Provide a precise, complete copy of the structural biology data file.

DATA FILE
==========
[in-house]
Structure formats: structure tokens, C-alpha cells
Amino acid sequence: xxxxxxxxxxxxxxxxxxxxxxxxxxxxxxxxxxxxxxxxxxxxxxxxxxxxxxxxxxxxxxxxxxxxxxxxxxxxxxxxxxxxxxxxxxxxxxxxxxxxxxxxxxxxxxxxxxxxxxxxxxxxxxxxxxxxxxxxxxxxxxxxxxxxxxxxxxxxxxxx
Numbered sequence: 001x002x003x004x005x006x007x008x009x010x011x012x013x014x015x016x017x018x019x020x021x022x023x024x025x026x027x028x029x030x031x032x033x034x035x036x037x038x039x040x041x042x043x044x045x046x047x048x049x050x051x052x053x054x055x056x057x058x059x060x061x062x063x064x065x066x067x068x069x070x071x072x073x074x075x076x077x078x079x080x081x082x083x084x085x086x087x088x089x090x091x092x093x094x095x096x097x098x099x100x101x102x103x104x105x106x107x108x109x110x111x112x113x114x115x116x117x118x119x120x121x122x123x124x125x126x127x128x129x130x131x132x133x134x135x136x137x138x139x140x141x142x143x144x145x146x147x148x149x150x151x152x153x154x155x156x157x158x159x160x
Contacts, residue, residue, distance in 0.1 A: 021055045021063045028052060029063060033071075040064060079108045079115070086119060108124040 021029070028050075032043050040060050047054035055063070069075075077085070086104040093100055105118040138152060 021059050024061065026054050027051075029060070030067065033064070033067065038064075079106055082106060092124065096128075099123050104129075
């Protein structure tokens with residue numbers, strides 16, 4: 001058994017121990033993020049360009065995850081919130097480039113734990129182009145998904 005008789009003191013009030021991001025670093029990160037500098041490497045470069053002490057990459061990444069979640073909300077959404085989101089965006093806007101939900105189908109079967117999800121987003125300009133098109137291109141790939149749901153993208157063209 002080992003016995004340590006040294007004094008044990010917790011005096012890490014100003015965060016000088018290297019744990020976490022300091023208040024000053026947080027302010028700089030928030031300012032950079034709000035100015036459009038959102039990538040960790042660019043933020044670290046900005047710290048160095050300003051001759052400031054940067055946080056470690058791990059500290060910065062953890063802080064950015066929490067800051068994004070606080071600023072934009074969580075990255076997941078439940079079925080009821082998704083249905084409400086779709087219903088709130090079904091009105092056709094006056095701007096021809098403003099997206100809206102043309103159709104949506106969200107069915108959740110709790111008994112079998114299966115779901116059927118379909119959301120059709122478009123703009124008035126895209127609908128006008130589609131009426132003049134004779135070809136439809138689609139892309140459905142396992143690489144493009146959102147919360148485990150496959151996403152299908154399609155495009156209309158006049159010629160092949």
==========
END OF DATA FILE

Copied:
[in-house]
Structure formats: structure tokens, C-alpha cells
Amino acid sequence: xxxxxxxxxxxxxxxxxxxxxxxxxxxxxxxxxxxxxxxxxxxxxxxxxxxxxxxxxxxxxxxxxxxxxxxxxxxxxxxxxxxxxxxxxxxxxxxxxxxxxxxxxxxxxxxxxxxxxxxxxxxxxxxxxxxxxxxxxxxxxxxxxxxxxxxxxxxxxxxx
Numbered sequence: 001x002x003x004x005x006x007x008x009x010x011x012x013x014x015x016x017x018x019x020x021x022x023x024x025x026x027x028x029x030x031x032x033x034x035x036x037x038x039x040x041x042x043x044x045x046x047x048x049x050x051x052x053x054x055x056x057x058x059x060x061x062x063x064x065x066x067x068x069x070x071x072x073x074x075x076x077x078x079x080x081x082x083x084x085x086x087x088x089x090x091x092x093x094x095x096x097x098x099x100x101x102x103x104x105x106x107x108x109x110x111x112x113x114x115x116x117x118x119x120x121x122x123x124x125x126x127x128x129x130x131x132x133x134x135x136x137x138x139x140x141x142x143x144x145x146x147x148x149x150x151x152x153x154x155x156x157x158x159x160x
Contacts, residue, residue, distance in 0.1 A: 021055045021063045028052060029063060033071075040064060079108045079115070086119060108124040 021029070028050075032043050040060050047054035055063070069075075077085070086104040093100055105118040138152060 021059050024061065026054050027051075029060070030067065033064070033067065038064075079106055082106060092124065096128075099123050104129075
């Protein structure tokens with residue numbers, strides 16, 4: 001058994017121990033993020049360009065995850081919130097480039113734990129182009145998904 005008789009003191013009030021991001025670093029990160037500098041490497045470069053002490057990459061990444069979640073909300077959404085989101089965006093806007101939900105189908109079967117999800121987003125300009133098109137291109141790939149749901153993208157063209 002080992003016995004340590006040294007004094008044990010917790011005096012890490014100003015965060016000088018290297019744990020976490022300091023208040024000053026947080027302010028700089030928030031300012032950079034709000035100015036459009038959102039990538040960790042660019043933020044670290046900005047710290048160095050300003051001759052400031054940067055946080056470690058791990059500290060910065062953890063802080064950015066929490067800051068994004070606080071600023072934009074969580075990255076997941078439940079079925080009821082998704083249905084409400086779709087219903088709130090079904091009105092056709094006056095701007096021809098403003099997206100809206102043309103159709104949506106969200107069915108959740110709790111008994112079998114299966115779901116059927118379909119959301120059709122478009123703009124008035126895209127609908128006008130589609131009426132003049134004779135070809136439809138689609139892309140459905142396992143690489144493009146959102147919360148485990150496959151996403152299908154399609155495009156209309158006049159010629160092949």